New president of CAMES outlines his plans

Professor Georges Moyen, the new president of CAMES – the francophone Council for African and Malagasy Higher Education – has spelt out his plans for the 19-member council.

Moyen is higher education minister of the Congo Republic, and a former medical faculty dean, then rector of Marien Ngouabi University in Brazzaville.

CAMES members are Benin, Burkina Faso, Burundi, Cameroon, Central African Republic, Chad, Congo Republic, Côte d'Ivoire, Democratic Republic of Congo, Gabon, Guinea-Bissau, Guinea-Conakry, Madagascar (currently withdrawn), Mali, Niger, Rwanda, Senegal and Togo.

Moyen explained his four priorities to Les Dépêches de Brazzaville following the 31st session of CAMES ministers in Libreville, Gabon, where members elected him as president for the next two years.

First was harmonisation within the CAMES area of the ‘LMD’ – licence-master-doctorat – as the system of three, five and eight years’ higher education, based on Europe’s Bologna process, is known in French.

Moyen said the LMD established in 2005 in CEMAC, the six countries of the Economic and Monetary Community of Central Africa, was developing at different speeds in some countries such as Cameroon, Gabon and the Republic of Congo, reported Les Dépêches de Brazzaville.

His second priority concerned private higher education.

Taking his own country Republic of Congo as an example, he said he had suspended the right of certain private institutions in Brazzaville to award masters degrees, because he doubted the quality of those teachers who were qualified with only a first degree.

“What kind of masters degree is being awarded to young Congolese? The governing role of the state obliged me to end these masters. One cannot teach a masters if one is not a master, professor or senior lecturer,” he said.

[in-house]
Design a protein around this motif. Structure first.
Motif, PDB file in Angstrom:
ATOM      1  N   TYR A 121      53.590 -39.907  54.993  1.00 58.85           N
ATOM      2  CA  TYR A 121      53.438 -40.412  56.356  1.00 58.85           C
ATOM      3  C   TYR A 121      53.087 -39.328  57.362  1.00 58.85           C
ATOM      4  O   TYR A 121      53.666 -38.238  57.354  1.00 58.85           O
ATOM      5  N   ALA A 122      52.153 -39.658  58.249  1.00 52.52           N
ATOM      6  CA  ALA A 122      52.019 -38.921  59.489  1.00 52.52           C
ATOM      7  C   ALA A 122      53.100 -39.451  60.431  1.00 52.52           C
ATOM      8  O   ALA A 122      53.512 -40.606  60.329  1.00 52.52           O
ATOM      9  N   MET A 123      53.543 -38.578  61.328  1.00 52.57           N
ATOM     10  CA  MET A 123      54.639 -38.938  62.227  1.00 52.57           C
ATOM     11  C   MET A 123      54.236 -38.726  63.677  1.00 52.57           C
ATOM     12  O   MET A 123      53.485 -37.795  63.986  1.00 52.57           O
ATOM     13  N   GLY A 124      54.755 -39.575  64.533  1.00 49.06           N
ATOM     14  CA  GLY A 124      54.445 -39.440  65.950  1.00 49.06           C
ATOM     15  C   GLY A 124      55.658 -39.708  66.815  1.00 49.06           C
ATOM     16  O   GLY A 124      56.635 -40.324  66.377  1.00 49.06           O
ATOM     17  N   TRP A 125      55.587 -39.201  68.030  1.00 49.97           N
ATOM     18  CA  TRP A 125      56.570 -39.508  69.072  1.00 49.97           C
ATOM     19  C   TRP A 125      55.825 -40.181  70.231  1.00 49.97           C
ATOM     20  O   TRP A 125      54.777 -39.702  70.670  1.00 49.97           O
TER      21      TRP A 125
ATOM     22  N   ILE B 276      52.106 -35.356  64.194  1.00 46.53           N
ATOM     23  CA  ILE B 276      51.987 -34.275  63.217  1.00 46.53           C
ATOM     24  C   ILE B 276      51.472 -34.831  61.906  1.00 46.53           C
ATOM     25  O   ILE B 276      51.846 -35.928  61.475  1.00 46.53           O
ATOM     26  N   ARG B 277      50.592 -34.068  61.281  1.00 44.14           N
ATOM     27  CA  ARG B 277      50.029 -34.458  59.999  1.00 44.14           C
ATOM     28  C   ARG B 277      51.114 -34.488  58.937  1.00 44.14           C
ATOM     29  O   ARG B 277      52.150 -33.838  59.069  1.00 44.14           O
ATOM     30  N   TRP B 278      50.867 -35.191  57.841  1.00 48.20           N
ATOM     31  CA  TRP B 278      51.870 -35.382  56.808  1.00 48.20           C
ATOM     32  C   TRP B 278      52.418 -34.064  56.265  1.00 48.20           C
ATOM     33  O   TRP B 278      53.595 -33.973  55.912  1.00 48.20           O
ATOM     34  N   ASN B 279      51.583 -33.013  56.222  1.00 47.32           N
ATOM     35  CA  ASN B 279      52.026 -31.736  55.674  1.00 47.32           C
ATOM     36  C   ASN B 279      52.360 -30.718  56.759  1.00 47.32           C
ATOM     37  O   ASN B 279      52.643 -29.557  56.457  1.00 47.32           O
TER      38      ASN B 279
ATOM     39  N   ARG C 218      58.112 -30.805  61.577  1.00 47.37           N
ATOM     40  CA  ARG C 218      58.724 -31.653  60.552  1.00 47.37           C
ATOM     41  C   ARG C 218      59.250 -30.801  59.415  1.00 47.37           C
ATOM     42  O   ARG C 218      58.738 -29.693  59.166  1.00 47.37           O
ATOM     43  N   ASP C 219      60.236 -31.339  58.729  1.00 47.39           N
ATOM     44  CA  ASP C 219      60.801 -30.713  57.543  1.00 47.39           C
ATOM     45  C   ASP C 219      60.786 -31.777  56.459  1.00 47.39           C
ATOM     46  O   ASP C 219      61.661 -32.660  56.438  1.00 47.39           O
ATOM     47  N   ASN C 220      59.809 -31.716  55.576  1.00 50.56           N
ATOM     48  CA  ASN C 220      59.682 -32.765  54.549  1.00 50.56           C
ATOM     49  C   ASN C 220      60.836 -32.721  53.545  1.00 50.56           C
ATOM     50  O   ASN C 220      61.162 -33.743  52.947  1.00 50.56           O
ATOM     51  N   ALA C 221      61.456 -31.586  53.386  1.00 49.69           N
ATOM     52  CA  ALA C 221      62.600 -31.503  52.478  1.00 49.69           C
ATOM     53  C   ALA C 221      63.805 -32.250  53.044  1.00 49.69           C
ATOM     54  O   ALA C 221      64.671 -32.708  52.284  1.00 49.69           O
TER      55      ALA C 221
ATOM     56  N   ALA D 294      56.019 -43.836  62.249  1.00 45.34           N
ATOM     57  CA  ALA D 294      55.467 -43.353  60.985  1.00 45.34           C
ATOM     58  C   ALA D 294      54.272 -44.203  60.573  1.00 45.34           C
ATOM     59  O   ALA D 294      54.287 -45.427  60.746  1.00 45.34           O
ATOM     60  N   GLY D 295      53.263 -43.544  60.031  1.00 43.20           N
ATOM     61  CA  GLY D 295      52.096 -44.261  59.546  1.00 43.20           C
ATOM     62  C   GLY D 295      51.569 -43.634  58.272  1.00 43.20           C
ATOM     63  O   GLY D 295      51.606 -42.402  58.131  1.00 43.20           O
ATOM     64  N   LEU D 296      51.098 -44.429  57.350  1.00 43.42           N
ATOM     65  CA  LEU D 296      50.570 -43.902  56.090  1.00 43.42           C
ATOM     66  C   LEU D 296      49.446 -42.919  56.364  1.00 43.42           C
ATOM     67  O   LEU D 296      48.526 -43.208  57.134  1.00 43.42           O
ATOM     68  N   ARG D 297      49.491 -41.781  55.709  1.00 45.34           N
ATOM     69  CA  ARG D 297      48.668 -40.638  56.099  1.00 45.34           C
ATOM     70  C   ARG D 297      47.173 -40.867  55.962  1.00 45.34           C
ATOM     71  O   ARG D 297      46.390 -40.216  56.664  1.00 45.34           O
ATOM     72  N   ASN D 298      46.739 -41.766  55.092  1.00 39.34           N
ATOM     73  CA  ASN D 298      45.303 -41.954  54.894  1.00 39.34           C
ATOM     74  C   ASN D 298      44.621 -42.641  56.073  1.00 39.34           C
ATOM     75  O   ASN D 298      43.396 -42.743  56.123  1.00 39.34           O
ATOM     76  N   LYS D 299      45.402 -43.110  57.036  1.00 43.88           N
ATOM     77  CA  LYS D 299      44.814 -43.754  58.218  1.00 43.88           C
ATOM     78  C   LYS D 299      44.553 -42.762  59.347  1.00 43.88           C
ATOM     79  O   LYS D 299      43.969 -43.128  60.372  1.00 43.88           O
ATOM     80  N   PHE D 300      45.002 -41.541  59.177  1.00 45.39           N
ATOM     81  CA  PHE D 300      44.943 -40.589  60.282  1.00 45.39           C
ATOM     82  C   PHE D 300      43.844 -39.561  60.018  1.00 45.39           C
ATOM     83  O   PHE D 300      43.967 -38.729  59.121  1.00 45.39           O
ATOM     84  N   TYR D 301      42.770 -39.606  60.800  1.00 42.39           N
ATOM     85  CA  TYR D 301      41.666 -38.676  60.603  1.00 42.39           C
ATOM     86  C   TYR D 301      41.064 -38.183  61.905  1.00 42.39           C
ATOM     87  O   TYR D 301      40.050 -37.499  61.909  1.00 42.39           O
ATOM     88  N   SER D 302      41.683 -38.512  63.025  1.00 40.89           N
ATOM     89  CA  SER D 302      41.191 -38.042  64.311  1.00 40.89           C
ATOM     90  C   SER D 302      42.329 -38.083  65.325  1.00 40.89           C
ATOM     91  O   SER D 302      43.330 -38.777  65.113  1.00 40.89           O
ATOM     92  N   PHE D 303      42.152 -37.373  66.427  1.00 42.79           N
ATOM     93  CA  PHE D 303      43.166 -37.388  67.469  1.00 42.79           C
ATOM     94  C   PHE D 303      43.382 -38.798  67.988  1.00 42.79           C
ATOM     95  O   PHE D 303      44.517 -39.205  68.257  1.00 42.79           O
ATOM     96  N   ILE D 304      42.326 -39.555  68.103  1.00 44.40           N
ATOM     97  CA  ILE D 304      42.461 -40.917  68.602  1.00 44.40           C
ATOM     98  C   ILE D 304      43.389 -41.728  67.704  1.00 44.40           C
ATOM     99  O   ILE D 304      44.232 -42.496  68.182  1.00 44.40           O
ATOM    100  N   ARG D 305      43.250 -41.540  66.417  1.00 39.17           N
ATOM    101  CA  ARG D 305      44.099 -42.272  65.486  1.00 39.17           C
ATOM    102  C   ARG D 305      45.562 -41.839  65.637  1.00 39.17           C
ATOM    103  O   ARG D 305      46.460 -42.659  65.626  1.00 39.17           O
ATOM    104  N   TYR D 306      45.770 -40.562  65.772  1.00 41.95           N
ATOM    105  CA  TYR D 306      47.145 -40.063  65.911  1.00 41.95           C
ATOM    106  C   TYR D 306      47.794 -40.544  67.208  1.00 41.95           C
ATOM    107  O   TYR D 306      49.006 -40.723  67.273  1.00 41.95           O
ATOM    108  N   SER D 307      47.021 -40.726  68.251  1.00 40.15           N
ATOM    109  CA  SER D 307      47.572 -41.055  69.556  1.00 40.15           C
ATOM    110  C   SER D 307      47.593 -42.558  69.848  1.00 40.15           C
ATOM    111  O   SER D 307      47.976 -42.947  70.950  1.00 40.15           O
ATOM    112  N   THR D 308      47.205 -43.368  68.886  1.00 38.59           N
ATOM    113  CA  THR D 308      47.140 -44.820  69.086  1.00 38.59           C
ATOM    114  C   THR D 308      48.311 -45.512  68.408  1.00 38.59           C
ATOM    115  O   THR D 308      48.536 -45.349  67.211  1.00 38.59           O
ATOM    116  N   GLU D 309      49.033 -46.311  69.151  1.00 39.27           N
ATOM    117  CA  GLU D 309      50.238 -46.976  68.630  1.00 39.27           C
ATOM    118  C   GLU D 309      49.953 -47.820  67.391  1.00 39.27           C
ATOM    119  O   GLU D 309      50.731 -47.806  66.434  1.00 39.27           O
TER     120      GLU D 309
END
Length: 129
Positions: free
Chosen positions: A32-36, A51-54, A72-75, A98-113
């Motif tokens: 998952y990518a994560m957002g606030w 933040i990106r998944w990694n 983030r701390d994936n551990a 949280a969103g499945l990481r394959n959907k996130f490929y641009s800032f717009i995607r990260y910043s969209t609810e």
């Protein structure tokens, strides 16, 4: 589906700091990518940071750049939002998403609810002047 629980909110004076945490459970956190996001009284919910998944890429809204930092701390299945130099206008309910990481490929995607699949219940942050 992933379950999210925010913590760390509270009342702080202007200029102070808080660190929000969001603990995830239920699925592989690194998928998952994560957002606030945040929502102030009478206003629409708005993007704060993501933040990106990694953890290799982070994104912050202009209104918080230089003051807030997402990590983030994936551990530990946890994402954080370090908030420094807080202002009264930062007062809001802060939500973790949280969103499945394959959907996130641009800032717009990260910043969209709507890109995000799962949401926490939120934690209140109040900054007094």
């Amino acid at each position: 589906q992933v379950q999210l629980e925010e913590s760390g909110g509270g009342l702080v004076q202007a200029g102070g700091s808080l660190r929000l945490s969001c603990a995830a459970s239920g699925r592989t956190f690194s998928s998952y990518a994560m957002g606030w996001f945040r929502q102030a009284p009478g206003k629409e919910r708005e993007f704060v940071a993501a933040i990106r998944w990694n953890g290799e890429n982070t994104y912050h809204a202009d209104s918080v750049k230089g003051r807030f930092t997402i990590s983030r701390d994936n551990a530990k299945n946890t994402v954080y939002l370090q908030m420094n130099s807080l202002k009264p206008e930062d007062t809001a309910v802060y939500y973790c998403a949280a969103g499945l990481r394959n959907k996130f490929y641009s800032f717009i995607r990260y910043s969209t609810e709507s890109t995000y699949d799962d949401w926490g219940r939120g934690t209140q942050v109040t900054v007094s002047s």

The third area was quality assurance in higher education, with consideration about the work carried out by all concerned, the type of education for each course and its aims, reported Les Dépêches de Brazzaville.

Moyen told the agency he wanted the rules defined by UNESCO, that the CAMES was trying to set up, to ensure transparency to attract more partners, whether financial or other states.

Fourth, Moyen said he wanted to pave the way for the return to CAMES of Madagascar, which had withdrawn from the council after not fulfilling necessary criteria, which had led to rejection of its candidates and ‘unacceptable’ dossiers.

Moyen said the Madagascan authorities had finally decided they wanted to return to CAMES.

“So I, in my new mission, shall prepare for a team led by the general secretary to visit Madagascar to explain to our friends what is happening, and the advantage of following the rules enacted by CAMES,” he told Les Dépêches de Brazzaville.

* This article is drawn from local media. University World News cannot vouch for the accuracy of the original reports.